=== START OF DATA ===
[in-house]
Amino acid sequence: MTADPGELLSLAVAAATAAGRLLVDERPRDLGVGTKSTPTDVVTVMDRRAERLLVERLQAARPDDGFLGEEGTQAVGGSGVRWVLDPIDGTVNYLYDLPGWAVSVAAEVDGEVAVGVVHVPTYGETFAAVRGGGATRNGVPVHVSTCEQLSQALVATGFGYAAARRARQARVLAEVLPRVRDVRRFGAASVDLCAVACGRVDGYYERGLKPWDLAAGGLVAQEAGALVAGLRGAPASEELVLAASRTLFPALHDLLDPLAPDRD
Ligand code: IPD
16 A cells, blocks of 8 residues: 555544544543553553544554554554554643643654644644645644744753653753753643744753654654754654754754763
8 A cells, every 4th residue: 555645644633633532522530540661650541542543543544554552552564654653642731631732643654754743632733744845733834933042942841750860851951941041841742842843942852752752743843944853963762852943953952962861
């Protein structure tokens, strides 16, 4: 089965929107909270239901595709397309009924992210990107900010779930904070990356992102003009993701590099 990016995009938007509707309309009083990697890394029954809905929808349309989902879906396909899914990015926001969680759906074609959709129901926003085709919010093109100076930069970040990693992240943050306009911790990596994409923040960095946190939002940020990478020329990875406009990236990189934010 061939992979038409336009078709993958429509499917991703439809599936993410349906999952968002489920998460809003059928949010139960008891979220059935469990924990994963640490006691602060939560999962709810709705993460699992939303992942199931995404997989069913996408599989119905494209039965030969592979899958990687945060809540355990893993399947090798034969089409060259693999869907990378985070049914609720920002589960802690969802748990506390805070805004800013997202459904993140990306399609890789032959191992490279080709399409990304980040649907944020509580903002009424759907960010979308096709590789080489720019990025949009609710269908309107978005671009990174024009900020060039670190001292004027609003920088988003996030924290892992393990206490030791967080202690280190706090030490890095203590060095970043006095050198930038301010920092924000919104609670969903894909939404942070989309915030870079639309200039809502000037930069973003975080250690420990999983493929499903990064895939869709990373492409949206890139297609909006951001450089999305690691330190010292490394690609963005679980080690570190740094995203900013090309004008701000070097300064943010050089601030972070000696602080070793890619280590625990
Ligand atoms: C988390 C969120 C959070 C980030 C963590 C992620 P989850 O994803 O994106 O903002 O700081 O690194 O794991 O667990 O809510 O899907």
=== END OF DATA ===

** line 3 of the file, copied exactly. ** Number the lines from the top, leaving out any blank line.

Ligand code: IPD